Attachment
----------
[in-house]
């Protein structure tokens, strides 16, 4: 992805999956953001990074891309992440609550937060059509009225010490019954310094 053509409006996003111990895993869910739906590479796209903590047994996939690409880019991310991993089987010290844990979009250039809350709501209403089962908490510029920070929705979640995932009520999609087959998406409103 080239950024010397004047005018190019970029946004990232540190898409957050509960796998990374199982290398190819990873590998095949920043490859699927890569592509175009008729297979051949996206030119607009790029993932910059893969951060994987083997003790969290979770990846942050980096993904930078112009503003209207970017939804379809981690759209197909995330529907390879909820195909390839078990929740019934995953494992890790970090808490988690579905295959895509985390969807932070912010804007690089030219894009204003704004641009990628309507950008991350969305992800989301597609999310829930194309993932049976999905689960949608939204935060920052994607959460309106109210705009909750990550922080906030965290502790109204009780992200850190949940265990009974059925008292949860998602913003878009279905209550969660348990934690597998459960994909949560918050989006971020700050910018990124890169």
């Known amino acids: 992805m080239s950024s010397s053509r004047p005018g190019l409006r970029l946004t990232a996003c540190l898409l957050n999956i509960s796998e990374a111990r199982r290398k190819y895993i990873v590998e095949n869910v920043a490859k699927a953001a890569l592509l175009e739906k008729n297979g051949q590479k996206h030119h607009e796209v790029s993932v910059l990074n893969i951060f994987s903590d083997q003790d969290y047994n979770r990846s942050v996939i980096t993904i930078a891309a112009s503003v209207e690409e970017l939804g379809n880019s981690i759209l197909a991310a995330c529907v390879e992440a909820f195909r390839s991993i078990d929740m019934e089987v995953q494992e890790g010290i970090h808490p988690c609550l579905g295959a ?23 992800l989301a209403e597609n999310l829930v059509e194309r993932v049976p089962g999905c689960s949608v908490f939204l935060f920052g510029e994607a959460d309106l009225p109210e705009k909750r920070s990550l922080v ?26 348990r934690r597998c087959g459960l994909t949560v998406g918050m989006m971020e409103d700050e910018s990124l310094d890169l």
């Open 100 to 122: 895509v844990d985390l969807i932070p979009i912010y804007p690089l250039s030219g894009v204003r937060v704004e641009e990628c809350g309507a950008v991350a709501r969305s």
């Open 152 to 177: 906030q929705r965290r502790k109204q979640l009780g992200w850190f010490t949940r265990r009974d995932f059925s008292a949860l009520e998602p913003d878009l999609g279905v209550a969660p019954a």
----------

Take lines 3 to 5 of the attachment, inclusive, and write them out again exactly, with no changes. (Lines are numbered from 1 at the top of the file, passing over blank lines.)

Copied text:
């Known amino acids: 992805m080239s950024s010397s053509r004047p005018g190019l409006r970029l946004t990232a996003c540190l898409l957050n999956i509960s796998e990374a111990r199982r290398k190819y895993i990873v590998e095949n869910v920043a490859k699927a953001a890569l592509l175009e739906k008729n297979g051949q590479k996206h030119h607009e796209v790029s993932v910059l990074n893969i951060f994987s903590d083997q003790d969290y047994n979770r990846s942050v996939i980096t993904i930078a891309a112009s503003v209207e690409e970017l939804g379809n880019s981690i759209l197909a991310a995330c529907v390879e992440a909820f195909r390839s991993i078990d929740m019934e089987v995953q494992e890790g010290i970090h808490p988690c609550l579905g295959a ?23 992800l989301a209403e597609n999310l829930v059509e194309r993932v049976p089962g999905c689960s949608v908490f939204l935060f920052g510029e994607a959460d309106l009225p109210e705009k909750r920070s990550l922080v ?26 348990r934690r597998c087959g459960l994909t949560v998406g918050m989006m971020e409103d700050e910018s990124l310094d890169l």
């Open 100 to 122: 895509v844990d985390l969807i932070p979009i912010y804007p690089l250039s030219g894009v204003r937060v704004e641009e990628c809350g309507a950008v991350a709501r969305s």
């Open 152 to 177: 906030q929705r965290r502790k109204q979640l009780g992200w850190f010490t949940r265990r009974d995932f059925s008292a949860l009520e998602p913003d878009l999609g279905v209550a969660p019954a």